There are various home loan products available in the UAE to suit different buyers and their particular requirements. As a potential buyer you will almost certainly want to shop around for the best deals to suit your long-term plans, but there are other aspects you might also want to consider when taking mortgage in the UAE.
Purchasing a property is one of the largest investments most people will make in their lives. It is important that you understand all the facts about the property you are purchasing and any finance you are taking to facilitate that purchase.
One area where we seem to notice a gap in knowledge on the part of our married clients is regarding the benefits of including both husband and wife being on the mortgage application.
Making things clear
Contrary to popular belief, in the UAE a co-applicant does not necessarily need to provide proof of income. In fact, they don’t have to be working, just as long as the main applicant has shown they can afford the mortgage payments long term on their single income.
Our mortgage calculator is a useful tool in helping you understand what your monthly mortgage repayments could look like.
What are the benefits?
Dubai and the UAE operate under Sharia Law, in countries which do not operate under the same legal system there might not be a benefit in including your spouse on your mortgage if they are unemployed, or if their income does not make a difference to the mortgage amount required to purchase the property. However, in the UAE, Sharia Law states that where a husband passes away his monies / estate are to be given to his male relatives, this would include any property that he owns solely.
As an example, let’s take a husband who technically owns the property, but his wife is not on the mortgage. If the husband were to suddenly pass away, under Sharia Law monies from any sale of the property would be distributed to his male relatives. His wife may only receive a small percentage from any sale. From an estate planning point of view, if the husband and wife were 50/50 owners of property and if something happened to the husband, then at least the wife is still a 50% owner of the property and would therefore be entitled to 50% of any sale.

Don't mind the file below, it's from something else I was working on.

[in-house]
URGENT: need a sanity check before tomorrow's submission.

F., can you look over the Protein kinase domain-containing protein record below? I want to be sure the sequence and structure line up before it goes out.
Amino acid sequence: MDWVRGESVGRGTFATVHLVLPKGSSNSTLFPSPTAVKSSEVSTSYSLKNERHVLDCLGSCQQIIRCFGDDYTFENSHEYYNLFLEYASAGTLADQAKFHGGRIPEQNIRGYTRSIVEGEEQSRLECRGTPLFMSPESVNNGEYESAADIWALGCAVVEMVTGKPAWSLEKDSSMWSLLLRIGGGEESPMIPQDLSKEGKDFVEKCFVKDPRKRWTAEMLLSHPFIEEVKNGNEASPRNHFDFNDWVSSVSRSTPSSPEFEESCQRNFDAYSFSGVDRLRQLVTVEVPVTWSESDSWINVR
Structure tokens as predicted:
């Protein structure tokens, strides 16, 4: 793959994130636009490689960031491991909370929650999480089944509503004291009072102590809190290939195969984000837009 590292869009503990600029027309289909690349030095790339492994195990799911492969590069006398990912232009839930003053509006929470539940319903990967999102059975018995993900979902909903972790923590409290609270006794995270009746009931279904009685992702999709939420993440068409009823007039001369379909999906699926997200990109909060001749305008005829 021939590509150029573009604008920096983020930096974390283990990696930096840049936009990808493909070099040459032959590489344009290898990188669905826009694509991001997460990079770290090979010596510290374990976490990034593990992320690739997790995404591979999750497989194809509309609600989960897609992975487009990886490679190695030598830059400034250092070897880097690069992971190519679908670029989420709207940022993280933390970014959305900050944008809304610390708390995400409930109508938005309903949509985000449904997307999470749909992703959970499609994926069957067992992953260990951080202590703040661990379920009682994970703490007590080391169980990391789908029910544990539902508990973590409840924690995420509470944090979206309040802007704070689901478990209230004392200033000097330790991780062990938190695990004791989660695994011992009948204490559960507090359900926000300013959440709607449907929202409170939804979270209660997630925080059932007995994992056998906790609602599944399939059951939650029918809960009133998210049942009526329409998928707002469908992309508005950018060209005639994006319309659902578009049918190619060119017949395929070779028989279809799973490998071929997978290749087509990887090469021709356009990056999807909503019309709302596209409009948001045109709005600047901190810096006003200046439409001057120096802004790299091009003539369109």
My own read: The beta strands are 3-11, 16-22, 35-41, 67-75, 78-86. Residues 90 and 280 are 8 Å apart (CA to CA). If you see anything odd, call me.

It is worth noting that when a person passes away in the UAE, their accounts are frozen until all debts are paid. In regard to any bank account including joint accounts, a court will decide who should inherit the funds. UAE law defines a joint account as one owned equally by each of the signatories, unless they agree to split it differently.
Making a will
In addition to having both husband and wife on the mortgage, it is worthwhile for both parties to make a will registered in DIFC, which will then fall into Common Law. Your mortgage broker will be able to advise you on how to get assistance in doing this, in order to avoid any potential issues later down the line.
Making that all important decision
It all comes down to personal decisions which is why potential buyers should take all the best advice and do as much prior research as possible before embarking on the mortgage and buying process. What may seem simple or cheaper now could lead to problems for a spouse later on if the correct plans aren’t put into place.
It may seem a morbid subject but is one that should be addressed, and the correct actions taken as purchasing a property is a great investment and it is important to ensure you have measures in place to take care of life’s unplanned life situations.